There could be more intrigue behind Nasdaq's three-way transaction with the Borse Dubai to control OMX and dispose of its stake in the London Stock Exchange. One leading UK newspaper reported that Nasdaq has plotted an alliance with Dubai to ultimately bring the LSE into a global exchange network.On Sunday, the The Guardian reported that, Nasdaq and Borse Dubai have hatched secret plans to bring the London Stock Exchange into a pan-continental alliance that could challenge the merger between the NYSE and Euronext. The plan involves the creation of a new company in which London would have the dominant position that would link trading platforms in the Gulf States, Sweden and the U.S., reported The Guardian on Sunday. OMX operates exchanges in Sweden, Denmark, Finland, Iceland and Baltic countries.
In a swap of shares and cash, Nasdaq has sold its 28 percent stake in the LSE to the Middle Eastern partner, and gaining control over OMX, while ending up with nearly 20 percent of Nasdaq. But there is also the prospect that rival Qatar, through the Qatar Investment Authority, could launch its own bid to takeover OMX. In flurry of activity last week, Qatar acquired a 9.98 percent stake in OMX. Qatar also amassed a 20 percent stake in the LSE - which means up to 48 percent of the LSE stock is owned by the oil-rich Persian Gulf financial entities.
Meanwhile, Nasdaq's deal with Borse Dubai stirred up national security concerns in Congress over Borse Dubai, a holding company for two exchanges, owning a significant piece of a U.S. stock exchange.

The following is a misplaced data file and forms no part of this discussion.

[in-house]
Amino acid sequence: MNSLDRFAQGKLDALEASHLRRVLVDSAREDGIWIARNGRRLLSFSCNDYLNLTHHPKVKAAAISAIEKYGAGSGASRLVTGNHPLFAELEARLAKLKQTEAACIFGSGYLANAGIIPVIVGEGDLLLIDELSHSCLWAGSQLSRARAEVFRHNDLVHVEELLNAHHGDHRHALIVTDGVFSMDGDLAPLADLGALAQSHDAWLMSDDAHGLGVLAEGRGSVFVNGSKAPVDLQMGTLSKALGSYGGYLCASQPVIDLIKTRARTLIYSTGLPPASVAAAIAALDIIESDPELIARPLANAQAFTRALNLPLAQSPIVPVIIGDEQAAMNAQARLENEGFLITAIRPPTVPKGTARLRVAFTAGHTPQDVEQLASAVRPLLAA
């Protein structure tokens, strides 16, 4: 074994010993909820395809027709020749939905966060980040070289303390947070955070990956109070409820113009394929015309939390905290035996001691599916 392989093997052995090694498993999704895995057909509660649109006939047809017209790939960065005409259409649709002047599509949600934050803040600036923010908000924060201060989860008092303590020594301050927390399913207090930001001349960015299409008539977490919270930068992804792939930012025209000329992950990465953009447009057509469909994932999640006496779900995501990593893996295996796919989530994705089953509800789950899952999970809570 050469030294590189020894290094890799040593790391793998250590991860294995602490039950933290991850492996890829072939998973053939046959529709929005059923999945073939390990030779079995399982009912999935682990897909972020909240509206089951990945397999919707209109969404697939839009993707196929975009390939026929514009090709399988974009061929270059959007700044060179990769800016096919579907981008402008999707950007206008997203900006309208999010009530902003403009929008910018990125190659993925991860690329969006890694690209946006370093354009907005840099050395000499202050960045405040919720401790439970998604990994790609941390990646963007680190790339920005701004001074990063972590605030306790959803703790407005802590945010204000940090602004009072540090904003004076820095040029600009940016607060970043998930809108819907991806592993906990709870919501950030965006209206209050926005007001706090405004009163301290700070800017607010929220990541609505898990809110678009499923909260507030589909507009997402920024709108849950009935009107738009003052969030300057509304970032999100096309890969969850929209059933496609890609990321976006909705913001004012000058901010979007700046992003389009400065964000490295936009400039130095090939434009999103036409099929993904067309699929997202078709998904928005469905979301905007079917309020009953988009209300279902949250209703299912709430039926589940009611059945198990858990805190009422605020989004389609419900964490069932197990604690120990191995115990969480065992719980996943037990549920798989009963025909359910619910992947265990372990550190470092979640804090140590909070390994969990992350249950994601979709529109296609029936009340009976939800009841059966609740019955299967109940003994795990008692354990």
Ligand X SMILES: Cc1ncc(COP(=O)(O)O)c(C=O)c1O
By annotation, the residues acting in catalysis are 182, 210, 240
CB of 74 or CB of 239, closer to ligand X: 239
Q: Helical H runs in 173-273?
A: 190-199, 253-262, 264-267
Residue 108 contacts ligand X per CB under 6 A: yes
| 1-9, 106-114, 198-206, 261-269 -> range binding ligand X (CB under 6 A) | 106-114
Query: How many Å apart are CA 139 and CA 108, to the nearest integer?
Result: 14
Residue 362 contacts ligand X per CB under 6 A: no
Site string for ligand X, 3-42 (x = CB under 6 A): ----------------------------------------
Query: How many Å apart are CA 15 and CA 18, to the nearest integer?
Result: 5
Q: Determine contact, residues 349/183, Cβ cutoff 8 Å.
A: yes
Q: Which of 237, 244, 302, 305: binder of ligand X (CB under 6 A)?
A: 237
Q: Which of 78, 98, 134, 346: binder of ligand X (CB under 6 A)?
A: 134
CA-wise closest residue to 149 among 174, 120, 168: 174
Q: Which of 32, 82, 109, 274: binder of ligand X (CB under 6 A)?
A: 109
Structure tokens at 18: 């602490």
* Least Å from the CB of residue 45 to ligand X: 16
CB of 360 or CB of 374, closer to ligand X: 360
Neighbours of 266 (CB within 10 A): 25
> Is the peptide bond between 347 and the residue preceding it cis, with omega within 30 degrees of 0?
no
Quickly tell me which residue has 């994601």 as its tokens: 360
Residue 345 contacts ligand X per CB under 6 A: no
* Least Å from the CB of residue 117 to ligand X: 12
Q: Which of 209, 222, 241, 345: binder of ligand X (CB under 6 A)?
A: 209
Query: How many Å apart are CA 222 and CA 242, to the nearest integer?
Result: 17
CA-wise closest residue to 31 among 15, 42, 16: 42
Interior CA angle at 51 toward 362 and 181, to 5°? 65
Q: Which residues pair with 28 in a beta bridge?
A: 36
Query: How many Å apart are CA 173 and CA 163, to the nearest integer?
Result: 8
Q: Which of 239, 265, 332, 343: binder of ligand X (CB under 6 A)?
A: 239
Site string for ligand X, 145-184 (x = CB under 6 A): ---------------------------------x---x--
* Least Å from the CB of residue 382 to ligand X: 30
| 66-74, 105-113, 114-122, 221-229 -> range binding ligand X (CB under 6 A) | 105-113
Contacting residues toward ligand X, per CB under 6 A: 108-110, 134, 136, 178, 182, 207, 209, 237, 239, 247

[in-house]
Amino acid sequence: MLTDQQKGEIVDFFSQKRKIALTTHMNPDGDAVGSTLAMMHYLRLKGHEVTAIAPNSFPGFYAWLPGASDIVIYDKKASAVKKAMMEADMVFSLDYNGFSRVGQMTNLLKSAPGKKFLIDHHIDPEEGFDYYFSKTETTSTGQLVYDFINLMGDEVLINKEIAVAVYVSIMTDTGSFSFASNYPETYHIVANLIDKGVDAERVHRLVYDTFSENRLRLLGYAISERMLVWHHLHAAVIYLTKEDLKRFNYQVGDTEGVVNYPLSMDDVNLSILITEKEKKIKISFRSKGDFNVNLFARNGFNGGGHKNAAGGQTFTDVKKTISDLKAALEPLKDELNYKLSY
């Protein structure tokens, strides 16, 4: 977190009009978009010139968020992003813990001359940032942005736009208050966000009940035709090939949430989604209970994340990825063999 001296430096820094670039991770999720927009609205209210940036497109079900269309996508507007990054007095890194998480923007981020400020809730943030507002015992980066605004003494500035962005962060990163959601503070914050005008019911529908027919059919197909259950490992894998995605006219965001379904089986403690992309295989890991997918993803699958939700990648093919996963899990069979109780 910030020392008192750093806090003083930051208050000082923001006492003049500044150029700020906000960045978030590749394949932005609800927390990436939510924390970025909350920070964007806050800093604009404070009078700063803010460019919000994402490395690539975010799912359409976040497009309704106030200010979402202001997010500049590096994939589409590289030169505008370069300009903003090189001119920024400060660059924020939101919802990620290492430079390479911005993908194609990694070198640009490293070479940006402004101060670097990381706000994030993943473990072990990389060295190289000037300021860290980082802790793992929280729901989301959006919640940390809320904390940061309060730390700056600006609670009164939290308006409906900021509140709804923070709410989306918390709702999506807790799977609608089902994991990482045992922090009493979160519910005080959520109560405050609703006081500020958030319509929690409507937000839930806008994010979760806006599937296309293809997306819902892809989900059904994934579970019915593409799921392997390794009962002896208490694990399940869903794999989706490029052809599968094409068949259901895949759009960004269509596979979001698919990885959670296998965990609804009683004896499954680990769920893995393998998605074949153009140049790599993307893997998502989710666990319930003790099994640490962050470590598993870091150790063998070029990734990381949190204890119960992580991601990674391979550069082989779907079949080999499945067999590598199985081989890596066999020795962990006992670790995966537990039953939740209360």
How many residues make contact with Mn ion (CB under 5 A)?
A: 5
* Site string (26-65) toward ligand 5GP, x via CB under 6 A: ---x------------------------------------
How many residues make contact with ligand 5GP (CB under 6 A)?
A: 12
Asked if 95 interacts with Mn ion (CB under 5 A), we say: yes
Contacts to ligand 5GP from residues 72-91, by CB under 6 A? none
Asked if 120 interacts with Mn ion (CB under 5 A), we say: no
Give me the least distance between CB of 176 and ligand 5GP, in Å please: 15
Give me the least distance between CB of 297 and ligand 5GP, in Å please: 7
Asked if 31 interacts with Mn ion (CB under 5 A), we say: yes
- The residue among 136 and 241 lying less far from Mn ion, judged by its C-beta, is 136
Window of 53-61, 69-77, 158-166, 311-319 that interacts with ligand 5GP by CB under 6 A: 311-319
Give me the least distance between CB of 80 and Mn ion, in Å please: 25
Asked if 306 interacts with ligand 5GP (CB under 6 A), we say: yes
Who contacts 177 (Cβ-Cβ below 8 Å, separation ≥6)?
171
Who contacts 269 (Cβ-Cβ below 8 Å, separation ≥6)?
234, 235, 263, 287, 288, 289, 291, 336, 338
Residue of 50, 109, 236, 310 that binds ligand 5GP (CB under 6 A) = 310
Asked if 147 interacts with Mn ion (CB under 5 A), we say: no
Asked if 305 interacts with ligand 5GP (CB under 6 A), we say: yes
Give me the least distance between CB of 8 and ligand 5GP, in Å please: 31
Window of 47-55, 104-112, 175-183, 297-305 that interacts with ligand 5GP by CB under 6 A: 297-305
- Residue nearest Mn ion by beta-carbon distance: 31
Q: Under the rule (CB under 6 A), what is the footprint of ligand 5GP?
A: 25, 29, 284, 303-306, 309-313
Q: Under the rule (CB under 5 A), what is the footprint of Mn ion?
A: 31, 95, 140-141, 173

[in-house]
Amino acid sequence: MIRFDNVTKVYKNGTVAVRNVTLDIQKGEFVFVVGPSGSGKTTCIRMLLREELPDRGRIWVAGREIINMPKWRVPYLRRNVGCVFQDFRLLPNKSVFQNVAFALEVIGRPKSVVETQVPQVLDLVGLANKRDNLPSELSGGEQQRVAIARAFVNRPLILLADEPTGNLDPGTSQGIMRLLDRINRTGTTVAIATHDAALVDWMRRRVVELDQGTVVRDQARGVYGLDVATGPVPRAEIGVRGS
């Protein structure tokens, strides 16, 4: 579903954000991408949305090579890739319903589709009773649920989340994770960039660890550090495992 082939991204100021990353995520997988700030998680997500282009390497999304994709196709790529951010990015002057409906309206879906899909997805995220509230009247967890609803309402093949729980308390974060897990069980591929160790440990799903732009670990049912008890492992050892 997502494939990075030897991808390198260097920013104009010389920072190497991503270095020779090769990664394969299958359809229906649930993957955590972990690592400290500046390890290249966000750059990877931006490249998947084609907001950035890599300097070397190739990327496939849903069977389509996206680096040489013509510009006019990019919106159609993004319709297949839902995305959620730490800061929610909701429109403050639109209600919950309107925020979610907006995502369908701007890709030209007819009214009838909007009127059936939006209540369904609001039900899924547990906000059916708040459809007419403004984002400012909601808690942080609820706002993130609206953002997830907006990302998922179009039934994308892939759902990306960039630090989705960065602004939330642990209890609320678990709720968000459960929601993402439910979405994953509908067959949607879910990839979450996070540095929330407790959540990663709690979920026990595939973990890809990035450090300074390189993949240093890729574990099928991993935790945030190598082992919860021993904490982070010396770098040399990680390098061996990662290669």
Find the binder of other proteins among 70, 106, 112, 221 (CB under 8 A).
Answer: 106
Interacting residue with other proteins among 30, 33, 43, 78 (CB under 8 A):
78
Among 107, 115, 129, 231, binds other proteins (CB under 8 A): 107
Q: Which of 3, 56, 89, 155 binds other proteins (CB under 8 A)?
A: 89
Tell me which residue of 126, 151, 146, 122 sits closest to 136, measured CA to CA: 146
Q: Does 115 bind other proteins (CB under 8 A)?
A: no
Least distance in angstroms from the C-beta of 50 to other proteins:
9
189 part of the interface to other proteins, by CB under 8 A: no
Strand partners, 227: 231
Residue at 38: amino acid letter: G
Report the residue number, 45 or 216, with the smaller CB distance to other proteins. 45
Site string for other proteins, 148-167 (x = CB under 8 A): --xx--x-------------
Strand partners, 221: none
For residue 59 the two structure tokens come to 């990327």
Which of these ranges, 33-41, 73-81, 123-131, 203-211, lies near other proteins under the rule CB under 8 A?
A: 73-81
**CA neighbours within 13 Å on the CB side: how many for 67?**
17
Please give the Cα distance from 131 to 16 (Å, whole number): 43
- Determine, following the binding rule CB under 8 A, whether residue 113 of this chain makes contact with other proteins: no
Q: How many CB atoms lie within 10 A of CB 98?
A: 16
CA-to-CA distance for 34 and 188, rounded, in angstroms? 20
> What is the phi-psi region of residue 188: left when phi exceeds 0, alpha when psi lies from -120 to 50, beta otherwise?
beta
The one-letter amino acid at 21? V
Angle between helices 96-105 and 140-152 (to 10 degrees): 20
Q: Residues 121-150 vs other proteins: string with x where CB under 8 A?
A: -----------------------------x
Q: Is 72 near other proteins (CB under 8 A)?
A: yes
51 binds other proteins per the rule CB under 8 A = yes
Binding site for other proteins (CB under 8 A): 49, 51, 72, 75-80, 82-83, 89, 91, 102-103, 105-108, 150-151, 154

Last week, The New York Times reported that there was "mild reaction in Congress to the Dubai stake in Nasdaq, but Sen. Charles Schumer, Democrat from New York, is raising concerns about Borse Dubai playing a major role in New York finance and said the U.S. should examine anti-money laundering policies and other issues when a foreign government is purchasing U.S. infrastructure.
In a statement released last week, Nasdaq said parties in this transaction would voluntarily submit the transaction for consideration by the Committee on Foreign Investment in the U.S. This process was set up in 2006 under the Treasury department after the Bush administration caused a fiasco in outsourcing the management of the Ports of New York and New Jersey to Dubai Ports World, a Dubai Company, owned and operated by the United Arab Emirates.There is more intrigue behind Nasdaq's three-way transaction with the Borse Dubai to control OMX and dispose of its stake in the London Stock Exchange. One leading UK newspaper reported that Nasdaq has plotted an alliance with Dubai to ultimately bring the LSE into a global exchange network. Ivy is Editor-at-Large for Advanced Trading and Wall Street & Technology. Ivy is responsible for writing in-depth feature articles, daily blogs and news articles with a focus on automated trading in the capital markets. As an industry expert, Ivy has reported on a myriad ... View Full Bio